Hart, R.A. 1995. Mussel (Bivalvia: Unionidae) habitat suitability criteria for the Otter Tail River, Minnesota. M.S. Thesis, North Dakota State University. 60+ pp.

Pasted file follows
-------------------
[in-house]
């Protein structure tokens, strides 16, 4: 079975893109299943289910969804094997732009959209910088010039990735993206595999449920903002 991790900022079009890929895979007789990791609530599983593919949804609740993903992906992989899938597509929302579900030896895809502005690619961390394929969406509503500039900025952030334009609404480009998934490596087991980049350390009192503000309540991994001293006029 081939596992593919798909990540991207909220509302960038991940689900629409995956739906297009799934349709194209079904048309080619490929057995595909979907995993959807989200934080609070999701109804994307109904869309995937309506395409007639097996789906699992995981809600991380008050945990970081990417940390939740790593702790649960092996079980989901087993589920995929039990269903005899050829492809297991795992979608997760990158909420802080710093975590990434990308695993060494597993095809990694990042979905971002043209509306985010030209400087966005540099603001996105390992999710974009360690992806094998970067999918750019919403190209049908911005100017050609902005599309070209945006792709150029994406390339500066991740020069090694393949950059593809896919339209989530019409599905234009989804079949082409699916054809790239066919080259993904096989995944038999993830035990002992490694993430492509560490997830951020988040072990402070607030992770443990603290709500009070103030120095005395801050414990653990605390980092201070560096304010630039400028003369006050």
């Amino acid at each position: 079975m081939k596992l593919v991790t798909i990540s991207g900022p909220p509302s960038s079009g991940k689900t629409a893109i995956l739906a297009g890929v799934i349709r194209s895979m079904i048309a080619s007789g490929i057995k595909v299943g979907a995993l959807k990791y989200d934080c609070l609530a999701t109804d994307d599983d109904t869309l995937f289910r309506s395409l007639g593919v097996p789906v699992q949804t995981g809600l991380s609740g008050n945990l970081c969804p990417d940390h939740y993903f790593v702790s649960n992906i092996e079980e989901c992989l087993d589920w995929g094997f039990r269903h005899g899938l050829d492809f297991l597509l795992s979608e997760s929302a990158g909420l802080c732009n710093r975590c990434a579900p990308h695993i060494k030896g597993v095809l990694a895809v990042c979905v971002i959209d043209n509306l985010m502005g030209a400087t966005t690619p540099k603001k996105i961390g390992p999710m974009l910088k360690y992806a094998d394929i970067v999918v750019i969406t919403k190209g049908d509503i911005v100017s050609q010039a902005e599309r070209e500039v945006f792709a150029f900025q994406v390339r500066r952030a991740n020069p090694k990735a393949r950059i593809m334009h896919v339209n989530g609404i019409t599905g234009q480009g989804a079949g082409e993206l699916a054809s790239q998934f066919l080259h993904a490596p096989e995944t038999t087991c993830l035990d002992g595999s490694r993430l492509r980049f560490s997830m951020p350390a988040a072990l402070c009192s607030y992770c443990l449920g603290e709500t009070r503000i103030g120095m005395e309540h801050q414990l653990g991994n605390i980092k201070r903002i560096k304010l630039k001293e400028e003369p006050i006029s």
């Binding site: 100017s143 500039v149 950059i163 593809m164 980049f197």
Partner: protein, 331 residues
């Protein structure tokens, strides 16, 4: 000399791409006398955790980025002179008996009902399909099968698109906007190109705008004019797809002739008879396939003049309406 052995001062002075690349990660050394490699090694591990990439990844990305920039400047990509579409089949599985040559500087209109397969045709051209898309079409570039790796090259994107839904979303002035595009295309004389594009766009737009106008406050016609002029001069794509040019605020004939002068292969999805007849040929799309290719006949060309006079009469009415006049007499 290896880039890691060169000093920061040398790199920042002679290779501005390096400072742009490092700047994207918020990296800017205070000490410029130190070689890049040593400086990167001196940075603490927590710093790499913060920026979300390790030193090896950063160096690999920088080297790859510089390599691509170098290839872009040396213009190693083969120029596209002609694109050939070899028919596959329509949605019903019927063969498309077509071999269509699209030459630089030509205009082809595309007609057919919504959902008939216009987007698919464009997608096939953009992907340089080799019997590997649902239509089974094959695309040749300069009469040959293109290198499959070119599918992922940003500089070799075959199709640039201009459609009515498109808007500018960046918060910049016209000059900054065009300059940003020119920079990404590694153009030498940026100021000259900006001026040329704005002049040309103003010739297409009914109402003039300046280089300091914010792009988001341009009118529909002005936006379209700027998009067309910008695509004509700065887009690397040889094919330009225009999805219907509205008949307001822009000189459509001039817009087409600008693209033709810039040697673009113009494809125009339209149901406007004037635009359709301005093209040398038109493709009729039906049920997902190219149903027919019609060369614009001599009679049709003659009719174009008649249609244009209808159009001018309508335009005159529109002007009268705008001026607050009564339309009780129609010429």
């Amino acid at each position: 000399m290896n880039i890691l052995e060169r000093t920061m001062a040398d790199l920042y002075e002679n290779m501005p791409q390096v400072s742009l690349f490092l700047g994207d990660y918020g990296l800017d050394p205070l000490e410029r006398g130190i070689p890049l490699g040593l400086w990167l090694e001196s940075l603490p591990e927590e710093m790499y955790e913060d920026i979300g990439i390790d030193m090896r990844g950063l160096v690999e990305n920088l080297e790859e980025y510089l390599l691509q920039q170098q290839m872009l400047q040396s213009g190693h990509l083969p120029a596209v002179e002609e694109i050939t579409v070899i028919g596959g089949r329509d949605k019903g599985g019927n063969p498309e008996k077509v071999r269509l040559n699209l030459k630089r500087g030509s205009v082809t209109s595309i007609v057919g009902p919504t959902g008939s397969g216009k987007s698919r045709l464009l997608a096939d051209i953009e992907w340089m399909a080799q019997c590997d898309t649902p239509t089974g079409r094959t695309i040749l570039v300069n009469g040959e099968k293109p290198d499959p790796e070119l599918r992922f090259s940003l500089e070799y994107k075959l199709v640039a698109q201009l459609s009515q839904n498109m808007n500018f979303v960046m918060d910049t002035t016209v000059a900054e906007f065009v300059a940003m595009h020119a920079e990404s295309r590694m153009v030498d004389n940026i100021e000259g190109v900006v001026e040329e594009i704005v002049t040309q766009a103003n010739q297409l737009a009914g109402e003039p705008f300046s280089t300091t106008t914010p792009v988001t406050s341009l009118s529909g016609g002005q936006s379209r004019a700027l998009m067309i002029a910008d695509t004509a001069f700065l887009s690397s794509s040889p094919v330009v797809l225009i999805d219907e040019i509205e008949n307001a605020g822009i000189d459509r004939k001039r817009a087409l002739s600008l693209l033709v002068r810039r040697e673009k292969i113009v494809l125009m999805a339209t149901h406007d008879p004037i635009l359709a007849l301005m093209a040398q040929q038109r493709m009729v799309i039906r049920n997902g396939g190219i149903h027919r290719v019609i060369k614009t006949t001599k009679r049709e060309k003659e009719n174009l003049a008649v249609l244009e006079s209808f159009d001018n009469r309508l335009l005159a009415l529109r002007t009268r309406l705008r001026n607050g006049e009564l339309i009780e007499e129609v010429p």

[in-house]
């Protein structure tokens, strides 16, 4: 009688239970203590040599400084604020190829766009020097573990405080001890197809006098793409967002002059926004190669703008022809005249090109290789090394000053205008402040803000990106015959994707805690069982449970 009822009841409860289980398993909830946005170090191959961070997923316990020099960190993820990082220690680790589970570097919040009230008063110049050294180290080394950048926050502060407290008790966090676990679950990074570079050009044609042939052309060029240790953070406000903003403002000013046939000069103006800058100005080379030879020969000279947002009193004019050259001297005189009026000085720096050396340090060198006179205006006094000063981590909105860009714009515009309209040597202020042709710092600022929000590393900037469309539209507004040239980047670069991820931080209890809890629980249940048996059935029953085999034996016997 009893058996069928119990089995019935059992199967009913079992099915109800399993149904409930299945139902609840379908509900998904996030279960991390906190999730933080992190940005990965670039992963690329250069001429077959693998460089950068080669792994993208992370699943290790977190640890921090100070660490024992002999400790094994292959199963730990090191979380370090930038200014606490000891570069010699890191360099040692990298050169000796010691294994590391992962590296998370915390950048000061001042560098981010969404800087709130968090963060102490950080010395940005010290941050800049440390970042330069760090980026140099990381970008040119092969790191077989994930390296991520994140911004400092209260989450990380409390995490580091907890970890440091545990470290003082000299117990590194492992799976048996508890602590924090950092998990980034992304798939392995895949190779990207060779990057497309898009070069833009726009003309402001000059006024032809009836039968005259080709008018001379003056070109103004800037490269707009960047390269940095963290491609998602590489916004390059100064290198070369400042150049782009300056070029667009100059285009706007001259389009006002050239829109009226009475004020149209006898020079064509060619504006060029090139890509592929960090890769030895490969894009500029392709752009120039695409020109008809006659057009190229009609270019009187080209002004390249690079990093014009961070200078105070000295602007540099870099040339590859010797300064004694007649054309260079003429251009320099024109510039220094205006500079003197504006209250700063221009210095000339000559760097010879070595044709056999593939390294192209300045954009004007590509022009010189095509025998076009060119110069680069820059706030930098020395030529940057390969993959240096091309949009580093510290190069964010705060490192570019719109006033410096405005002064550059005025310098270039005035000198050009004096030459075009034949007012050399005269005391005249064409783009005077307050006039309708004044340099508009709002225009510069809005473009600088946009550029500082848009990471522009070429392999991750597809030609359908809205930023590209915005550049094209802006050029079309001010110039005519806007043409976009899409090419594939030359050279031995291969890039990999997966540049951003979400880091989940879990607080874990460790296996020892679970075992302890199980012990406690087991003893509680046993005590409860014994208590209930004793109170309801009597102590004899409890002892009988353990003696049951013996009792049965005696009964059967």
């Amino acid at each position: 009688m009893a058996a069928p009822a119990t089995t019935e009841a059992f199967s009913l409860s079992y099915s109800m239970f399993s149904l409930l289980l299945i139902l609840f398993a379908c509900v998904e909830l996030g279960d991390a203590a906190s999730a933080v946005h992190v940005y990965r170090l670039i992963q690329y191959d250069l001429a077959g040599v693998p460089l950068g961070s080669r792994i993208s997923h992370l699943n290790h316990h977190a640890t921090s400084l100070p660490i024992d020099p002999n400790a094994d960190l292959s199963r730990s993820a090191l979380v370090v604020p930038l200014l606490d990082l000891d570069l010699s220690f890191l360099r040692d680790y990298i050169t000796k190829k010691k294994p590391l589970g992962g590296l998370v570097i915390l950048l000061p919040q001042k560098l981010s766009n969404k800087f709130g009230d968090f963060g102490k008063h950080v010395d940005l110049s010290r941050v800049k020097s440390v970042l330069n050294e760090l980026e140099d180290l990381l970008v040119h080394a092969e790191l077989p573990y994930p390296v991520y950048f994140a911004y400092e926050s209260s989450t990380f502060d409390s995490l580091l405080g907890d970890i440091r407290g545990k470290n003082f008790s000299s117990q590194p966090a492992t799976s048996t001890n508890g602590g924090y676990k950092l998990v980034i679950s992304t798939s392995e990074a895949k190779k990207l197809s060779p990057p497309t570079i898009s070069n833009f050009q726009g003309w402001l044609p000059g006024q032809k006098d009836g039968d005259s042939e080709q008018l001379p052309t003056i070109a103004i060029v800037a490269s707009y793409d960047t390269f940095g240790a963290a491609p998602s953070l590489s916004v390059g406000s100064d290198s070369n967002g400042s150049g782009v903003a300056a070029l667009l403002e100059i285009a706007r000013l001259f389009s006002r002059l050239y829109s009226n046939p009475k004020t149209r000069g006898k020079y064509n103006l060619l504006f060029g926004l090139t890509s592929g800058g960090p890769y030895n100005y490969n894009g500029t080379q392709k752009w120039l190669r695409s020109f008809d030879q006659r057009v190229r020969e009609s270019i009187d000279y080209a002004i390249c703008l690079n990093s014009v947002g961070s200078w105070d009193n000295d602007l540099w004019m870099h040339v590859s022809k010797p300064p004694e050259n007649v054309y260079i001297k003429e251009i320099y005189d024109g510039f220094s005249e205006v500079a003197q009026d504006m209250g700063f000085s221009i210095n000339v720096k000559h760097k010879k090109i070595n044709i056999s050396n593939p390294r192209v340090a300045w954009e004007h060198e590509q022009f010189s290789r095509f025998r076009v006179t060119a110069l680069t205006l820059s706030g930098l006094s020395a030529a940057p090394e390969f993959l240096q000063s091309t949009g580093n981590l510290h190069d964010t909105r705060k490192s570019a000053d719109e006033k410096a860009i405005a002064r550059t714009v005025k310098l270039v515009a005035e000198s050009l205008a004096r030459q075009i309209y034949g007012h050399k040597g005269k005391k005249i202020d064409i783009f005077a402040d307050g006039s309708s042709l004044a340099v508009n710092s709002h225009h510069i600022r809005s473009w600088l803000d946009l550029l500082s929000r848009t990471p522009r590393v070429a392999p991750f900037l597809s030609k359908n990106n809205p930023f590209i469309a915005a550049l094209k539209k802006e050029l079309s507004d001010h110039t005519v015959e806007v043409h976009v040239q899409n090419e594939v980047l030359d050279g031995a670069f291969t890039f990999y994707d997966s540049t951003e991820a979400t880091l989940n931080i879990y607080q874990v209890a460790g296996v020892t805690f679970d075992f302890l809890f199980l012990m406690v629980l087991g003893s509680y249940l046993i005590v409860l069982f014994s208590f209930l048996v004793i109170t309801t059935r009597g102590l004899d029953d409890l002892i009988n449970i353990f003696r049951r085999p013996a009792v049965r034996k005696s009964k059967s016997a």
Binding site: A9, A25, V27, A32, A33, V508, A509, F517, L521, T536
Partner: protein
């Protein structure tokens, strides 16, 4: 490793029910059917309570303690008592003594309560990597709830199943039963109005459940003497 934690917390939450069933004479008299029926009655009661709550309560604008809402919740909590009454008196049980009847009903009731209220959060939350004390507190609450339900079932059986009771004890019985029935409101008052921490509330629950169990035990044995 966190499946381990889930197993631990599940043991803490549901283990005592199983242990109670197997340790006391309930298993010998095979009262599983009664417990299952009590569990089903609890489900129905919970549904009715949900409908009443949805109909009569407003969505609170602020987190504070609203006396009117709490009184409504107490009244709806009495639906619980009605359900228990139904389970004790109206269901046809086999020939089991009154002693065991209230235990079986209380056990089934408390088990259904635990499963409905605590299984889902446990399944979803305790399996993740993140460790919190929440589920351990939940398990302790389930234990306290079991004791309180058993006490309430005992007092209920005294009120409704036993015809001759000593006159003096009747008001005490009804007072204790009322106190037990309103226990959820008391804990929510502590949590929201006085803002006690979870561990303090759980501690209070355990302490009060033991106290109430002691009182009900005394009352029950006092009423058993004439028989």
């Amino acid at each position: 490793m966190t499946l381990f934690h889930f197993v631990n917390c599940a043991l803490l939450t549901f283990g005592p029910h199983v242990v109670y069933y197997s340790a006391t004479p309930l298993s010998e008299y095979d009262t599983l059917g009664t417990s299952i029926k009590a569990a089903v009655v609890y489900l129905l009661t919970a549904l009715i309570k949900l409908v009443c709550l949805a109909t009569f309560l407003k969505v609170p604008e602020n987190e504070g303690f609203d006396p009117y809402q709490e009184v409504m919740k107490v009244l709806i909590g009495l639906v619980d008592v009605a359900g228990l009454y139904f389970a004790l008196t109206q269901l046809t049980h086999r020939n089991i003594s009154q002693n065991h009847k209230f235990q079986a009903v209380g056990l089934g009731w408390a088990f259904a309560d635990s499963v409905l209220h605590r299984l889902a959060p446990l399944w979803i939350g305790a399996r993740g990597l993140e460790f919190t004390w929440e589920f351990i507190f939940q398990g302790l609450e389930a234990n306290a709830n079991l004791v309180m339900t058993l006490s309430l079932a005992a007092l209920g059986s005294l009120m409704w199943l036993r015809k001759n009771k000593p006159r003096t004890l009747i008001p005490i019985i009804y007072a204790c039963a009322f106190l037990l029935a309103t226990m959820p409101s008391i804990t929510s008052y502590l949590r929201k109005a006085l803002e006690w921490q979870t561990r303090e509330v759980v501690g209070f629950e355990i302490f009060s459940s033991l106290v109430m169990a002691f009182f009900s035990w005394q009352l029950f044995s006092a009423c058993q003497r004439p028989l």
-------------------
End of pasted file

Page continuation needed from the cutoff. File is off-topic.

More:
Habitat suitability data for 4851 mussels, representing 13 species, were collected from sample sites on the Otter Tail River, MN. Habitat suitability criteria were developed for seven species of unionid mussels. Amblema plicata, Fusconaia flava, Lasmigona costata, and Strophitus undulatus all had similar preferences for velocity, depth, substrate, and cover. Velocities most preferred were about 80 cm/s with velocities < 25 cm/s having no suitability. Depths of 150 cm were the most preferred; depths < 60 cm had no suitability. These four mussel species were found most often in gravelly substrates with no instream cover. Amblema plicata, Fusconaia flava, Lasmigona costata, and Strophitus undulatus were found most often in the run habitats. Habitats most suitable for Anodonta grandis were slow moving (<10 cm/s), deep waters (135 cm) where aquatic vegetation was present. Headwater sites had lower mussel density and the least amount of species than did the downstream sites. Changes in density and species composition may be lack of suitable habitat, low stream flows in the upstream reaches, or downstream dams blocking the passage of glochidia-infected fish. The habitat suitability criteria developed in this study may aid in the establishment of protected stream flows, preserving the run habitats most suitable for the mussels residing in the Otter Tail River.